Reapplication by defaulting agents
Qantas now also requires agents who have defaulted with Iata to reapply for ticketing authority through an online link. The airline will no longer automatically reinstate these agents.
Speaking to Travel News about the new policies, Michi Messner, Qantas Airways’ regional manager Africa, said the airline was simply formalising assumptions of reasonable service expectations in order to ensure overall customer satisfaction throughout the value chain.
Asata weighs in
Ceo of Asata, Otto de Vries, said in the context of the Iata Agency Programme, where a travel agent was an agent of an airline, the new policies that Qantas was implementing were in line with the confines of existing Iata resolutions.
“Agents and airlines have been debating about whose client it is for the longest time. However, in the context of the Iata Travel Agency Programme, you are acting as an agent on behalf of an airline and are therefore responsible to provide customer data to the airline to allow it to fulfil its duty as a supplier. That said, agents are often hesitant to do this because, while Iata resolutions specify that the airline may only use the customer data for the purpose intended (such as to contact them in the event of a delay) there have many instances where airlines have used this data to sell directly to the customer,” said Otto.
He felt that Qantas’s request that an agent should refund a customer within a month of receiving a refund remittance from an airline was a completely reasonable expectation. But, he added, it came across as somewhat hypocritical at a time when so many airlines had delayed refunding clients over the past year.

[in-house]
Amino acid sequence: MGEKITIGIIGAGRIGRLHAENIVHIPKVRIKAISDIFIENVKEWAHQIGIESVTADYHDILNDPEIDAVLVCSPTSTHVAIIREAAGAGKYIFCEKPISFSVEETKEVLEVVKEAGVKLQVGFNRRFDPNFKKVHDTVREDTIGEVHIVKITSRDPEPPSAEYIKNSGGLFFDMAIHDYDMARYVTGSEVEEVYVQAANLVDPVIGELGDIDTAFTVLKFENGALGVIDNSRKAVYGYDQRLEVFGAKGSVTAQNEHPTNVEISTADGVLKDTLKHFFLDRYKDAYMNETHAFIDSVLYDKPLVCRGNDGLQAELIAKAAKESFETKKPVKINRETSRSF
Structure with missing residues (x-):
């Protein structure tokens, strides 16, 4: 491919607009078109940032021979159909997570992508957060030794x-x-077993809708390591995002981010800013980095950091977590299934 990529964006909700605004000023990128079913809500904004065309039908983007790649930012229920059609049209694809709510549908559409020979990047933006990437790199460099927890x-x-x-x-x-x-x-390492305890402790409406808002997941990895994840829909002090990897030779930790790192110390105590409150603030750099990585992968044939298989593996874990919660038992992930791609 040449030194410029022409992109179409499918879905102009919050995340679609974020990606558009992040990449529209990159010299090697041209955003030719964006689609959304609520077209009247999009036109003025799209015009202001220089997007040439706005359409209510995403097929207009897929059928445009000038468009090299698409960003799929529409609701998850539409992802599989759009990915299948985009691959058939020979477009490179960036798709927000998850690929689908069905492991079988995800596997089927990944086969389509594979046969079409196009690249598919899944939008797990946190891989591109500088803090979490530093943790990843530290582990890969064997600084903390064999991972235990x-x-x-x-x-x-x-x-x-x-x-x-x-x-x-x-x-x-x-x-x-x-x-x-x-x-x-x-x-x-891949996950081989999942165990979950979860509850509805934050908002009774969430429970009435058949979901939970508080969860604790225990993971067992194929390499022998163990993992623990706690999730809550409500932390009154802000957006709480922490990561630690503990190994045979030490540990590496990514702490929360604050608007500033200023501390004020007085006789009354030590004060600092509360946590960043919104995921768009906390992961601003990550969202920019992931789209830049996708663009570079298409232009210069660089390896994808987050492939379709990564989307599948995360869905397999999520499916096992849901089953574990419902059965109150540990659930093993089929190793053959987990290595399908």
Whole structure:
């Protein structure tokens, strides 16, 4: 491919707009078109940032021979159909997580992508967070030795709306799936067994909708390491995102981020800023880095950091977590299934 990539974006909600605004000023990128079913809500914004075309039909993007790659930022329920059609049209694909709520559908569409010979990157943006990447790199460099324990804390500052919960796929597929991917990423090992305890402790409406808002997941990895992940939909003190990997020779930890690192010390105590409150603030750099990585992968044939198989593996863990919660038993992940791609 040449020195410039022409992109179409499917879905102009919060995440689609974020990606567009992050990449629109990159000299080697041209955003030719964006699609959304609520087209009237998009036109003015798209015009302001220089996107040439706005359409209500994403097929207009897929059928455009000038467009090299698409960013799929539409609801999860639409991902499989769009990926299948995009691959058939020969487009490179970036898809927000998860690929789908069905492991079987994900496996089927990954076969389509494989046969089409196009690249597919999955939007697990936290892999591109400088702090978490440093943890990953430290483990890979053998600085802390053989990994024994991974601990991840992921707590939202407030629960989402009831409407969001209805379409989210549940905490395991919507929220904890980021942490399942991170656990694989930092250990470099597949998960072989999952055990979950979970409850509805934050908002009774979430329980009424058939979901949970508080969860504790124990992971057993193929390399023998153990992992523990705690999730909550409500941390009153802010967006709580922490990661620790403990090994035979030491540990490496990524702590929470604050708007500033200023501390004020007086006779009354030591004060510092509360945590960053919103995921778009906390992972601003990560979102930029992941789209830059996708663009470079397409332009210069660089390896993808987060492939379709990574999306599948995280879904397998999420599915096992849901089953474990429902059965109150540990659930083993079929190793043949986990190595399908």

He said he was disappointed by the unilateral prohibition on agent credit cards saying that, as part of NewGen ISS, the agency programme had introduced TIP (Transparency in payment), which made provision for airlines to accept agent cards as part of their commercial agreements.
“It is for the airline to decide if they will or will not accept an agent card, however. Whilst well intended, this (TIP) has been a massive failure with very few airlines accepting agent cards, despite low risk and funds secured through the BSP payment process,” said Otto.
Michi said at present Qantas was only able to accept cash or customer credit card payment methods but the airline was aware that the available payment methods were constantly changing. “As a result, we are busy with a global payment review that may lead to further policy changes in the future,” she told Travel News.
Otto also clarified that Qantas’s requirement for agents to disclose the marking up of surcharges was a requirement of the South African Consumer Protection Act (CPA). “Regulation nine of the CPA expressly requires that intermediaries – in this case travel agents – must disclose the fee payable to the intermediary and the basis upon which such a fee is calculated at the request of the consumer. Information about commission, consideration fees, charges or brokerage fees payable by the intermediary to any other person must also be disclosed,” said Otto.